I made a vanilla sponge cake with all purpose flour and corn flour/cornstarch with 3 eggs, vanilla extract and sugar. You need to beat egg yolk and white separately. Then it is brushed with simple syrup and filled with chocolate whipped cream and finally frosted the cake with rich chocolate frosting. Trust me it worth all the effort, it is delicious cake. I used three recipes to make this excellent cake. If you want something fancier in your Christmas dinner table give it try. You are going to get compliments I can assure that.

 

 

Bûche de Noël: Traditional Christmas Yule Log for Baking Partners Challenge 18

Rating: 51

Prep Time: 60 minutes

Cook Time: 12 minutes

Total Time: 790 minutes

Yield: 8

Delicious traditional yule cake made with vanilla sponge cake filled with chocolate whipped cream and frosted with rich chocolate frosting.

Ingredients

    For the biscuit /Sponge cake
  • 60 g /1/2 cup All purpose flour
  • 40g /1/4cup corn starch/cornflour
  • 3 jumbo eggs
  • 125 g /1/2 cup + 1 tablespoon of sugar (divided)
  • 50 g/4 tablespoon of unsalted butter
  • For the Chocolate whipped cream filling
  • 1/2 teaspoon pure vanilla extract
  • 3 tablespoons (35grams) granulated white sugar, or to taste
  • 2 tablespoons unsweetened cocoa powder (regular or Dutch processed)
  • 1 cup (240 ml) cold heavy whipping cream
  • For Simple syrup
  • 35 g/ 3 tablespoon of sugar
  • 3 tablespoon of water
  • Rich Chocolate Frosting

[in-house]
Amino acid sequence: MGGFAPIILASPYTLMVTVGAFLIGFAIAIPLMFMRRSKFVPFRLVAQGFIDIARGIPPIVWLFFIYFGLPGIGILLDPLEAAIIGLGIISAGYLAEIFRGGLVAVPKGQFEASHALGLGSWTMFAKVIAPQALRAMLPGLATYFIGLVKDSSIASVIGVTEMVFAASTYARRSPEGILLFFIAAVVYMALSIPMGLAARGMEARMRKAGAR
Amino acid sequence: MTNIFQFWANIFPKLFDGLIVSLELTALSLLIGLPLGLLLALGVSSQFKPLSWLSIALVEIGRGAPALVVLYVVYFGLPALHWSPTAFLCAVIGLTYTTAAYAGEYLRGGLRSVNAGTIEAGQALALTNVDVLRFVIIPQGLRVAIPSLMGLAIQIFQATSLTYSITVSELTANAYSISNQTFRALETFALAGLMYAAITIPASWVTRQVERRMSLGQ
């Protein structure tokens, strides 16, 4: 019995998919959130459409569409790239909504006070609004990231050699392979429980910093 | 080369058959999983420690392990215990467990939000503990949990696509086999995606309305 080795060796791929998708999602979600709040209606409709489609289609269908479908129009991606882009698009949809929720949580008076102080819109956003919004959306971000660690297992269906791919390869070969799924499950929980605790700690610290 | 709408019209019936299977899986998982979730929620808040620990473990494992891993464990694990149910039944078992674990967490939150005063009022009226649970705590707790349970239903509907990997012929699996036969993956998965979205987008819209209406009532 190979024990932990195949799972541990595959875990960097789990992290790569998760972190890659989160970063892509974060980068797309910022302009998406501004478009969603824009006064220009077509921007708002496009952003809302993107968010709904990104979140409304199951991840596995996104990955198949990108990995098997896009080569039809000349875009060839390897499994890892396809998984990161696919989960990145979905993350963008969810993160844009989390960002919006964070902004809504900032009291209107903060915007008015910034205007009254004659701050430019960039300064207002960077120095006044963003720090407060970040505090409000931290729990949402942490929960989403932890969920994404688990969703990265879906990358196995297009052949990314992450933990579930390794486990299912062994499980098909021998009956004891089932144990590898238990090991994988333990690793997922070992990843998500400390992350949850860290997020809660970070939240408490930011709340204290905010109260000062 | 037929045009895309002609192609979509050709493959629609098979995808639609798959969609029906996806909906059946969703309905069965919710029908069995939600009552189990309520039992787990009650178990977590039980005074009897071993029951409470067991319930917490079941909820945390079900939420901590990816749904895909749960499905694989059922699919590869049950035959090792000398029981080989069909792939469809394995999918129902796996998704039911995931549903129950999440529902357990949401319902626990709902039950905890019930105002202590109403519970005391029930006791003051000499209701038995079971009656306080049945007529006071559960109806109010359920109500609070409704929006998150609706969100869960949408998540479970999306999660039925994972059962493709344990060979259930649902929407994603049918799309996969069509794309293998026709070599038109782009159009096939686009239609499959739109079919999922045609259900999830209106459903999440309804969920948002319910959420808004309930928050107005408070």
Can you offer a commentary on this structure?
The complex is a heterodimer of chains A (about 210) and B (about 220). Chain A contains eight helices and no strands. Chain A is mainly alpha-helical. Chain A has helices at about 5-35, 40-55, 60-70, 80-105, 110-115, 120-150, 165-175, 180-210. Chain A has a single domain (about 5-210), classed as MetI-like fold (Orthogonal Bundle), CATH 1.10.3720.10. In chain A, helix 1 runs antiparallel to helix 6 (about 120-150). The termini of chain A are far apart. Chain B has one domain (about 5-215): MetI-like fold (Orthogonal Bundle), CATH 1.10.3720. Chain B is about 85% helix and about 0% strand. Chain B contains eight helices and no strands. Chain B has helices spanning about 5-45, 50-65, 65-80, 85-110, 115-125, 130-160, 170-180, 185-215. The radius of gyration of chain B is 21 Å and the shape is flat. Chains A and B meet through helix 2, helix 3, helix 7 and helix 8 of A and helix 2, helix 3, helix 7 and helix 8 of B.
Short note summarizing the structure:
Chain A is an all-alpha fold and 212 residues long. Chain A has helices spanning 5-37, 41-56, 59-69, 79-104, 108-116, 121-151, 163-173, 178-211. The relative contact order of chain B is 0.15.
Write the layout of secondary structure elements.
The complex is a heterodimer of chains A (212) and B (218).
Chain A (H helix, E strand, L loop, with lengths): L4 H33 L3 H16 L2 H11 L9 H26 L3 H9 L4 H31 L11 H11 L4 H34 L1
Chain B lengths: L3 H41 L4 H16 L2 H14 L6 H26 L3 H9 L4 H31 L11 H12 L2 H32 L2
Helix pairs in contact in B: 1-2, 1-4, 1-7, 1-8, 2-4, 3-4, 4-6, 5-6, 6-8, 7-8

• 1/2 cup whipping cream
  • 1 cup semisweet chocolate chips (6 oz)
  • 1 tablespoon corn syrup
  • 1/4 teaspoon vanilla

Instructions

    Prepare the Cake
  1. Preheat oven to 350F and grease and line 9 x 13 inch jelly roll pan with parchment paper and again grease well on the top.
  2. In a kitchen aid bowl add 3 egg whites and half of sugar and beat well until it is very stiff and set aside.
  3. In another bowl, beat3egg yolks with 63g sugar until it become pale and creamy mixture. Then add the flour, cornstarch/corn flour, vanilla extract and melted butter. To this gradually fold in beaten egg whites in two additions with a spatula. Make sure not to break too much air bubble.
  4. Pour the batter into the prepared jelly roll pan, bake for 12 minutes at 350F (preheated oven) or until the cake springs back when touched in the center. If necessary, run knife around edges of pan to loosen cake. Turn cake upside down onto clean kitchen towel sprinkled with 1 tablespoon powdered sugar; carefully remove parchment paper. While hot, carefully roll up cake and towel from narrow end. Cool completely on cooling rack, about 1hour
  5. Simple syrup
  6. While cake is cooling make simple syrup with equal amount of sugar and water and set aside.
  7. Chocolate whipped cream filling
  8. Place your mixing bowl and wire whisk in the freezer for about 15-30 minutes. Place the vanilla extract, 3 tablespoons of sugar, and cocoa powder in the cold bowl. Stir in about 2 tablespoons of the cream to form a thick paste (this will dissolve the cocoa powder). Then add the rest of the cream and beat just until stiff peaks form. If not using immediately, cover and refrigerate. This recipe makes about 2 cups (480 ml) whipped cream frosting
  9. Rich chocolate frosting
  10. In medium microwavable bowl, microwave whipping cream uncovered on High 1 minute to 1 minute 30 seconds or until it just starts to boil. Stir in chocolate chips and corn syrup; let stand 3 minutes. Beat gently with wire whisk until smooth. Beat in vanilla. Refrigerate about 1 hour, stirring every 15 minutes, until spreading consistency.